“A lot of our alumni are in leadership positions throughout the country… They know of the facilities,” she said. “It’s a very well-established program… Because of that reputation, our graduates are now in sports administrations throughout the country and bring [St. Thomas] up as a location to host these events.”
The alumni help draw sports organizations by emphasizing the possibility of an added “workforce” by way of student volunteers and interns – a value that the organization can’t get by renting a space in a warehouse district, Ms. Fernandez said.
Aside from holding wedding receptions, St. Thomas’ meeting and convocation halls are used by organizations looking for centrally-located meeting or conference space.
“This campus is in the middle between Miami-Dade and Broward, where people from Fort Lauderdale aren’t going to have to drive down and vice versa,” Ms. Fernandez said. “It’s because of our location that it becomes convenient.”
Two weeks ago, St. Thomas served as the venue for the 2016 FISU World University Netball Championship. This allowed the school to host a number of teams from around the world for the international sporting event, which provided great exposure for the school, she said.
“The professional sports stuff has really picked up in the last couple of years. Now we’re hosting graduations and being more proactive and making sure people know we’re here and that they have a facility here that can accommodate them.”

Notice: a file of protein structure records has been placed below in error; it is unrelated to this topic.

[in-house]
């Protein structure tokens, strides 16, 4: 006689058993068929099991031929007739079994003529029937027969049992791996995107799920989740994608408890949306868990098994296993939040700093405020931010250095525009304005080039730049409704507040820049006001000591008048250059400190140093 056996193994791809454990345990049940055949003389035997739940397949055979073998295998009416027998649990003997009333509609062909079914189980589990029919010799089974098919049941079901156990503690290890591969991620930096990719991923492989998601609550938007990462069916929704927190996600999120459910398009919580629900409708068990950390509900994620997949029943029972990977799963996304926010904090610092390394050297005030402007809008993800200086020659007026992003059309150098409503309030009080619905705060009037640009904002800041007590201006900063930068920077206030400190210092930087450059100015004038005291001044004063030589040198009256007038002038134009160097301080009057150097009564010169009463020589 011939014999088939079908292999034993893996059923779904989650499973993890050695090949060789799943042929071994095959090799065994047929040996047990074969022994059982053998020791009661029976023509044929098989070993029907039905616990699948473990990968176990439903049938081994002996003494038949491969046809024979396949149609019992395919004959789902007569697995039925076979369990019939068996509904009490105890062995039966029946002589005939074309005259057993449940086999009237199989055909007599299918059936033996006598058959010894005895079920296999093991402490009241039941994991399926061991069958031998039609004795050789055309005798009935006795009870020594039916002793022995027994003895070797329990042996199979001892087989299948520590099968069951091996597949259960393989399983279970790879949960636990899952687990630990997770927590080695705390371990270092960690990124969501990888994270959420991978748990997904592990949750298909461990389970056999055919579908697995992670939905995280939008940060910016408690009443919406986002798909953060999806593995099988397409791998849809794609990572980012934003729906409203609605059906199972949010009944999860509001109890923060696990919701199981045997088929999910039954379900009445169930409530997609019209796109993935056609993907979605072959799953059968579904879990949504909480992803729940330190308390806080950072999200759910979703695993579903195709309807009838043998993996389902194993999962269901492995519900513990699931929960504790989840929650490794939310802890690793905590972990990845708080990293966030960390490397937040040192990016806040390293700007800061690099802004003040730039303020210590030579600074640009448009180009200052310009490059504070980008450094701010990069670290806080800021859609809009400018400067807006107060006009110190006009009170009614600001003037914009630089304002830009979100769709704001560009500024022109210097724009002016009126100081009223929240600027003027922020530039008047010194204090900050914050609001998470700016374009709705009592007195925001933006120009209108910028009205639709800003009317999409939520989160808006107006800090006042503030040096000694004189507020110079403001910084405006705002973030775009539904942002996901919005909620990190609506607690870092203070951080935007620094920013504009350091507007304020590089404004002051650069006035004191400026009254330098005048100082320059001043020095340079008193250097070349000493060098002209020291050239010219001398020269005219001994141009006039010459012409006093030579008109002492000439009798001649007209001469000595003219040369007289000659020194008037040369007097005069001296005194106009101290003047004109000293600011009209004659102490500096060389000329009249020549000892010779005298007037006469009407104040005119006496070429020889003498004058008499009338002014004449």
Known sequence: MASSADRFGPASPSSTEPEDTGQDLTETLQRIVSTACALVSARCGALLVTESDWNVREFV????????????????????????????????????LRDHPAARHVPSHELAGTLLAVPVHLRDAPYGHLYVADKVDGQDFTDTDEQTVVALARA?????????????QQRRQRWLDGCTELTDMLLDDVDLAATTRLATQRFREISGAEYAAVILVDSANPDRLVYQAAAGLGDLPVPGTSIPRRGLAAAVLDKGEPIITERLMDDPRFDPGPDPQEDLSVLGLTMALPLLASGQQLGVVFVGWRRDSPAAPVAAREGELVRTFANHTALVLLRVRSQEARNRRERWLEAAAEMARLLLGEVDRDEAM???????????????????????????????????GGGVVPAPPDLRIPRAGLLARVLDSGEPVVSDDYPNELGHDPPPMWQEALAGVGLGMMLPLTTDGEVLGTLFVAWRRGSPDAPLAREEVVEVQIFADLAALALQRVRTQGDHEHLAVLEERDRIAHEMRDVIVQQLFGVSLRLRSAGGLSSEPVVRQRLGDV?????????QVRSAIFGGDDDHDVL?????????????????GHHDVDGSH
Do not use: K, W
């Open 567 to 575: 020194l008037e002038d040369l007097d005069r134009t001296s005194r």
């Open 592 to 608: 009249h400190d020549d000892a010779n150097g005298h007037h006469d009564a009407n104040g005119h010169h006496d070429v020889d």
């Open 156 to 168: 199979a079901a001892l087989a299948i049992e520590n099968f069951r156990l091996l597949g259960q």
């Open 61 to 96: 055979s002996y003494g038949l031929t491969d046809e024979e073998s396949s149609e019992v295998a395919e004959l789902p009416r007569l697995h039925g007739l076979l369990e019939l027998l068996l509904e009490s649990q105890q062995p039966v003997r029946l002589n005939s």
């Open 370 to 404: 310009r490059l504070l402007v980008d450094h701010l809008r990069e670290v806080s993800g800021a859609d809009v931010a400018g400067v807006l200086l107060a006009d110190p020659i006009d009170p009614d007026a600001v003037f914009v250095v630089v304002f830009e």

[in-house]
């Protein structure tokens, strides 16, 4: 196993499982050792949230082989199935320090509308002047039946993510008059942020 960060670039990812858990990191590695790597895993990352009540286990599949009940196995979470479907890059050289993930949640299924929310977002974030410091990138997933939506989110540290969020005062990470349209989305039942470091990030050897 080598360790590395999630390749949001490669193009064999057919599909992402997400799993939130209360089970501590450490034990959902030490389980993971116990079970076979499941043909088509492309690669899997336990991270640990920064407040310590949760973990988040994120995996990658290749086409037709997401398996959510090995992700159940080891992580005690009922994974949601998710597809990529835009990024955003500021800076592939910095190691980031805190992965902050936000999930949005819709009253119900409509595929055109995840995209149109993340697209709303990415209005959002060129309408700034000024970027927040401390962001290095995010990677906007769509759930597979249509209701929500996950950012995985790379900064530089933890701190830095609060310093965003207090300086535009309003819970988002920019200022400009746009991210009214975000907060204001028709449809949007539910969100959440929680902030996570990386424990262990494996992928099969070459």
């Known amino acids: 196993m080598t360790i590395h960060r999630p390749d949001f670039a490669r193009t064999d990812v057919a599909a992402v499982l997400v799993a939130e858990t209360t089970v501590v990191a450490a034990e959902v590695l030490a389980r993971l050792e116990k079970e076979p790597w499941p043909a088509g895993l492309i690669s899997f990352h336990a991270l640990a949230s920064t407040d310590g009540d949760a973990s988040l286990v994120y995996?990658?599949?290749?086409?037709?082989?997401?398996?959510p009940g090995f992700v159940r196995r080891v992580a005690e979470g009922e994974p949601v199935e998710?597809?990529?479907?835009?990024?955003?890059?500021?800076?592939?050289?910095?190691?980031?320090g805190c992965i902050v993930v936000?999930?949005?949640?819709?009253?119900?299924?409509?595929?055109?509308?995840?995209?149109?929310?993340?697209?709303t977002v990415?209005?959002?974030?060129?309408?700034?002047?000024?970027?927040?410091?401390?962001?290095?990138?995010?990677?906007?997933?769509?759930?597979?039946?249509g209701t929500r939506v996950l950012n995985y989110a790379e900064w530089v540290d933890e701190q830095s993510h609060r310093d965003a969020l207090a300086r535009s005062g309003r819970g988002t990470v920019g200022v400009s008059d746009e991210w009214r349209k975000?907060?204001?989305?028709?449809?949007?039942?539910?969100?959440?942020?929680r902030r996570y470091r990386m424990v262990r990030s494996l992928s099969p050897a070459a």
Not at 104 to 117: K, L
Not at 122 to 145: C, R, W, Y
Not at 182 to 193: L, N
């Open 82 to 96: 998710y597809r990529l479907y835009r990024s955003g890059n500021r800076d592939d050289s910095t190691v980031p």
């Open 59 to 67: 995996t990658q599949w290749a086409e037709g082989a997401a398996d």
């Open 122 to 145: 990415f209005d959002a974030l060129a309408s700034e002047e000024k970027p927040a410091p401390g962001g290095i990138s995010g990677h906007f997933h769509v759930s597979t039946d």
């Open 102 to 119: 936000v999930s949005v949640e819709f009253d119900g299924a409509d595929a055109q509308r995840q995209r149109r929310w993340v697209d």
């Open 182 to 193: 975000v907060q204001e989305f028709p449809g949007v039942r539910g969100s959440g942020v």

St. Thomas is frequently asked to be used as a set for soap operas, Ms. Fernandez said, in order for the shows to get the right “college campus feel,” which is hard to get on larger campuses, as well as to host games for high school sports teams.
Barry is also used for filming and photo shoots, Ms. Deutch said, with its “exteriors,” such as the athletic fields, buildings and quads, and its “interiors,” such as dorm rooms, dining hall, gym and classrooms, being utilized.
The revenue that comes into St. Thomas as a result of all of the activities, Ms. Fernandez said, usually goes into its general operating account, which can go on to support athletic programs, provide financial aid, scholarships, paid internships, and help pay for study abroad programs, among other uses.
Barry is hosting the classical music festival, Miami Music Festival, for a second year, Ms. Deutch said, adding that it offers “eight weeks of classical music programming.”
In May 2017, Barry will host the International Association of Physical Education and Sport for Girls and Women World Congress.
According to its website, the congress brings together interested women and men, scholars and field-based practitioners from many countries who are working to improve the position of girls and women in physical education, sport, dance and physical activity and research.
“The actual congress will take place on campus, utilizing residential halls and event space,” Ms. Deutch said.
“We’re always looking at opportunities for non-tuition revenue – everyone is always looking,” Ms. Fernandez said. “It’s not just for the money [but for] exposure for the campus or students. In terms of how competitive it is – every campus in Miami-Dade County offers different opportunities.”